Banks must develop strategies to help their consumers renovate their homes and make sure the worst-performing buildings, and therefore the riskiest assets, are addressed with utmost priority. To incentivise people to take up renovation loans and mortgages, banks should develop affordable lending products that significantly reduce the cost of borrowing and allow people to immediately benefit from savings on their energy bills.
In the middle of an energy shock and ahead of the uncertainty on the development of the war in Ukraine and the further impact it may have on energy prices during the coming winter, banks have no time to waste and regulators should step up to make sure banks act fast enough to contain this emergency. Some of the legislation needed to address the risks exposed by the climate stress test is already in the pipeline.
The Energy Performance of Buildings Directive proposal and the EU RePower plan are asking banks to increase the median energy performance of their mortgage portfolios through the newly introduced Mortgage Portfolio Standard mechanism. In other words, banks may be required to offer more renovation and green mortgages to support the green transition and help achieve energy independence. EU institutions need to include the Mortgage Portfolio Standard in the revised directive and make sure that, when implemented at the national level, Member States apply ambitious targets for banks to improve the median energy performance of their mortgage portfolio. To make this possible, the EU Commission must approve the European Banking Authority’s proposal that requires banks to collect and disclose EPCs data.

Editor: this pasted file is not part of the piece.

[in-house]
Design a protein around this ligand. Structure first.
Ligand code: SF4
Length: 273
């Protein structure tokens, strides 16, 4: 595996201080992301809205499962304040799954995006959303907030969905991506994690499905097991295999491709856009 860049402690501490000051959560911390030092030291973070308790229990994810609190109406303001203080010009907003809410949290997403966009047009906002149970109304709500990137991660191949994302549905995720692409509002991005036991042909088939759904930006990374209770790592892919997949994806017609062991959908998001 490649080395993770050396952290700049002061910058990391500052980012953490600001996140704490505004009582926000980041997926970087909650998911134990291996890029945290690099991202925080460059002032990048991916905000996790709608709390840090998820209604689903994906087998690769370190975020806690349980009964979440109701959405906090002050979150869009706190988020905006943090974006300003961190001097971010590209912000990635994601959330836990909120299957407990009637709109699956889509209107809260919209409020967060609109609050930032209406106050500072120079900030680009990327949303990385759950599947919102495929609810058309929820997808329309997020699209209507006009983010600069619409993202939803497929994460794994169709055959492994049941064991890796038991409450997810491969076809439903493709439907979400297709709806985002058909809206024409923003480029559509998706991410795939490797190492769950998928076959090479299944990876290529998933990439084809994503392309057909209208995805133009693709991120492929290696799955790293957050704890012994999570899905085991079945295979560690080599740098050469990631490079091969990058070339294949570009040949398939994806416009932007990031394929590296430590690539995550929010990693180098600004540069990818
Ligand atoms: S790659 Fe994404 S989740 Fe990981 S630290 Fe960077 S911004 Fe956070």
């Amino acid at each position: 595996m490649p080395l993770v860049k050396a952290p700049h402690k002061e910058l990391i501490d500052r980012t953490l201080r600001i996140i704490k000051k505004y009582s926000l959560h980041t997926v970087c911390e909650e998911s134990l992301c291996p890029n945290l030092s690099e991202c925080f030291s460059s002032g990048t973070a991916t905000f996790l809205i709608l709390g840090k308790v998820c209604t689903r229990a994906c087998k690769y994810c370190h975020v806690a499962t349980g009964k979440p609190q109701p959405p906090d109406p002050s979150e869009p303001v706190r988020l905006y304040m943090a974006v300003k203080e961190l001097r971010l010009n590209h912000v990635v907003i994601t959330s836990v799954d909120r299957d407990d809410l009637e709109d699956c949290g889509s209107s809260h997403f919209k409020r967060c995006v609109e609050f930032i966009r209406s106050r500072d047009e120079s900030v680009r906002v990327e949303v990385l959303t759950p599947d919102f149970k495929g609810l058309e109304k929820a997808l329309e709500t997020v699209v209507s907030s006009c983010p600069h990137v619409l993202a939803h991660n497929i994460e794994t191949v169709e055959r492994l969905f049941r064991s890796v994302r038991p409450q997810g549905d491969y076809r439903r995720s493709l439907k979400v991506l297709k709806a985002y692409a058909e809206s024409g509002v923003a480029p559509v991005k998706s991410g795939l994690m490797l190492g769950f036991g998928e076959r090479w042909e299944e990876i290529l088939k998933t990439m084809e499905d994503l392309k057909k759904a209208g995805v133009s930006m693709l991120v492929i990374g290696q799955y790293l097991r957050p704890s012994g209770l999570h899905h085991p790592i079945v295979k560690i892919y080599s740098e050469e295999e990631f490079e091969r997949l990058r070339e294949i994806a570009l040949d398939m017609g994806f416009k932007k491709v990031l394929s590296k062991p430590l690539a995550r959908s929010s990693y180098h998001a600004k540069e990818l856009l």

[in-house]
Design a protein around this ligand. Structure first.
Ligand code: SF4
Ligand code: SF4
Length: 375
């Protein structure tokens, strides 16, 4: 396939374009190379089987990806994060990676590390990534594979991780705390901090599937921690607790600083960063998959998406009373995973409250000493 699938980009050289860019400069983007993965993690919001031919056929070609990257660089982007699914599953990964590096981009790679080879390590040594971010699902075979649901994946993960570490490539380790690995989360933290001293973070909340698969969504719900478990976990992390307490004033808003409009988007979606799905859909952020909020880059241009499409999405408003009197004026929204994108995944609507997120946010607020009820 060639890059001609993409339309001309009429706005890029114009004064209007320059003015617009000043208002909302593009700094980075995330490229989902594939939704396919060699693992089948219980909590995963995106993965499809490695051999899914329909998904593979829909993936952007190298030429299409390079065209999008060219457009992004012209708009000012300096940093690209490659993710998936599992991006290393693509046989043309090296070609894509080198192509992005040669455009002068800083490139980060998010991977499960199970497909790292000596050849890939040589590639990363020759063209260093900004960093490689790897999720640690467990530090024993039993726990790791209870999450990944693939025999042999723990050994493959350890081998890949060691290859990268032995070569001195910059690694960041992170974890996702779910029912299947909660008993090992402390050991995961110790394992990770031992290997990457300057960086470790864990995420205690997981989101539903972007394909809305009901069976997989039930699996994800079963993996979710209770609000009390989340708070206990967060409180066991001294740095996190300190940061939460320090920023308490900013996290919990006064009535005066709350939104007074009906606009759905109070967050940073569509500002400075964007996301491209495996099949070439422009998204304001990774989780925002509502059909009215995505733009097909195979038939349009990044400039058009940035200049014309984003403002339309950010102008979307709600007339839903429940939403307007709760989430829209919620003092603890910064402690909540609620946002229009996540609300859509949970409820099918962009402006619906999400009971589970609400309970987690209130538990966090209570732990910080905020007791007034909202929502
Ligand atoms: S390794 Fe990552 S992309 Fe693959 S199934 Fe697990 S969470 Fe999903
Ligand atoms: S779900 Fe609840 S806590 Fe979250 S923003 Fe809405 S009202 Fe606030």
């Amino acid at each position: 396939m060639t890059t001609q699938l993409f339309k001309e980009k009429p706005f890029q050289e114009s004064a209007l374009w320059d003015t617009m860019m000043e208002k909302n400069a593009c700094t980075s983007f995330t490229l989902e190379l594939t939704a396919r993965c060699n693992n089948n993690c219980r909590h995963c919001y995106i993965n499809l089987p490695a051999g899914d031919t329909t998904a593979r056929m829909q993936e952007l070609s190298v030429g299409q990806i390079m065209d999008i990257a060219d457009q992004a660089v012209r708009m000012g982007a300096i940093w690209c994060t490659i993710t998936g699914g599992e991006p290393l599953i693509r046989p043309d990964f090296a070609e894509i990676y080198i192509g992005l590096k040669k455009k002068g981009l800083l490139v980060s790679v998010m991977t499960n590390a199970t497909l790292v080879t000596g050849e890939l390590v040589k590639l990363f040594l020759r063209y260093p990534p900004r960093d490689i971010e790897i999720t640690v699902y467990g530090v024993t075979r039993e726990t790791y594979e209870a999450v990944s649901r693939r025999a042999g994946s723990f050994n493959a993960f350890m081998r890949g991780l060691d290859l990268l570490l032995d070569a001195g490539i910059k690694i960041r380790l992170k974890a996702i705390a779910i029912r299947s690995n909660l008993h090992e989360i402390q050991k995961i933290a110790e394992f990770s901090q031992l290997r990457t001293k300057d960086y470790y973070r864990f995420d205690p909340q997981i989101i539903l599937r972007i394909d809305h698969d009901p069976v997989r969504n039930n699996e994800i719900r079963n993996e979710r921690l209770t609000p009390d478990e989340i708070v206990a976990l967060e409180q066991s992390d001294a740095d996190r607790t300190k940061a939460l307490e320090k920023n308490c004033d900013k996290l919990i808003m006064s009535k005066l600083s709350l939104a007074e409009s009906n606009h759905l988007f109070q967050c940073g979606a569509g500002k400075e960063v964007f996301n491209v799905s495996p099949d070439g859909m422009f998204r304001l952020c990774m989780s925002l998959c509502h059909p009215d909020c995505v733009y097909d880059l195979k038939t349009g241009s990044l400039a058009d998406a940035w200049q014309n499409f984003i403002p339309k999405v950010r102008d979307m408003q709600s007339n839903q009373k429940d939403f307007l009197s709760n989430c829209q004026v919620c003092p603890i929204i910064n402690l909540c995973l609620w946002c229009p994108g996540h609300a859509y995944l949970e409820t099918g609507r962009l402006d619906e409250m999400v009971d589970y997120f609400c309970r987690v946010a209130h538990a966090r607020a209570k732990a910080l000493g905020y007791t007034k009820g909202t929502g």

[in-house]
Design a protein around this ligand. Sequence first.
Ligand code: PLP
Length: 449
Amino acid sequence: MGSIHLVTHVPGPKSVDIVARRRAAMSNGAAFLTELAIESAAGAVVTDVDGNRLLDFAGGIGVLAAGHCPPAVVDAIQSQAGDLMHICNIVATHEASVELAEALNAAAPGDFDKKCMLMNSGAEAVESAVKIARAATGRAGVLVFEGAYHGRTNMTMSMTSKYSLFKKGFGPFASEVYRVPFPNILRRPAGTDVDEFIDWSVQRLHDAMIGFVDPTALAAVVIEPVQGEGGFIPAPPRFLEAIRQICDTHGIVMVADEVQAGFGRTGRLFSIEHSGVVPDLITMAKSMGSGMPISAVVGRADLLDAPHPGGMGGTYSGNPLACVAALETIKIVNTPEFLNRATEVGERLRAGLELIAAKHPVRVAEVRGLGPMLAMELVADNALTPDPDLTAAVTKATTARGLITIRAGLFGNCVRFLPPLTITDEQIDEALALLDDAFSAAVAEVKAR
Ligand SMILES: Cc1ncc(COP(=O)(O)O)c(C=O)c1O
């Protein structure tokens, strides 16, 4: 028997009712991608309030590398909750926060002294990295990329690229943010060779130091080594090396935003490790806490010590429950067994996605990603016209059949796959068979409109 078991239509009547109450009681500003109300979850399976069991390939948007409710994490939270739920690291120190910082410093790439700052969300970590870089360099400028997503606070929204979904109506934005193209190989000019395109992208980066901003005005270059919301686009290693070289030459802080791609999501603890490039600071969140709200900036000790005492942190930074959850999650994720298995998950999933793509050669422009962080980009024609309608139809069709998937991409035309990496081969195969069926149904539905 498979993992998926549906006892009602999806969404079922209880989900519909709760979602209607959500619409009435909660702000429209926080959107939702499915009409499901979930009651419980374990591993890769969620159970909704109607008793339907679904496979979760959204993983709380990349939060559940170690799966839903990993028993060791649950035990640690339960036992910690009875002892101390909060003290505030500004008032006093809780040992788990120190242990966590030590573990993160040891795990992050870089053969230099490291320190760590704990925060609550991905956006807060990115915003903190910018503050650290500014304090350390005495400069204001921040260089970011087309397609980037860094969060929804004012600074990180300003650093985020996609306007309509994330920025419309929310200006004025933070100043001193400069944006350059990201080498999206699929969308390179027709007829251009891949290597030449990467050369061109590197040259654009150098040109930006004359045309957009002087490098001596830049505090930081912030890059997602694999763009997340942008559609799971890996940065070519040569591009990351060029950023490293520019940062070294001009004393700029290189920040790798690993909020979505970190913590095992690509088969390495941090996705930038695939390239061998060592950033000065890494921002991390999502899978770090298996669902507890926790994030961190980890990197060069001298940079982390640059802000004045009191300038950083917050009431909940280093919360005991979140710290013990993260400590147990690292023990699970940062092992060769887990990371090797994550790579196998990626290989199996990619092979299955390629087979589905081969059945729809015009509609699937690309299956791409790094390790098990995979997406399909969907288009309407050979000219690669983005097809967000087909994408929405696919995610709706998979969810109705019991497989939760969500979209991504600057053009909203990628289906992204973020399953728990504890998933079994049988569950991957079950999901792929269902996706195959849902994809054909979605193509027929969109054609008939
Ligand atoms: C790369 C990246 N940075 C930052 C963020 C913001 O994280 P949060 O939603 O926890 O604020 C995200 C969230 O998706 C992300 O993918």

Other initiatives can be taken to offer affordable lending products and reach out to the largest numbers of consumers. For instance, both national governments and the EU could create a guarantee fund to offset default risks and reduce loans’ interest rates. The European Central Bank has also the power to improve the affordability of renovation loans by applying a green discount rate on the refinancing operations to banks, under the condition that they offer zero-percent loans to consumers for energy-efficient renovations.
These demands are part of our Unlock campaign, calling on the EU and national governments to unlock affordable public and private financial solutions for green home renovation. Renovating our buildings is a win-win solution that protects banks’ balance sheets and the stability of the financial system from climate-related transition risks, it shields households’ finances from the volatility of energy prices, and it gives a chance to the future of our planet. Banks need to step up and do their fair share to be part of the solution.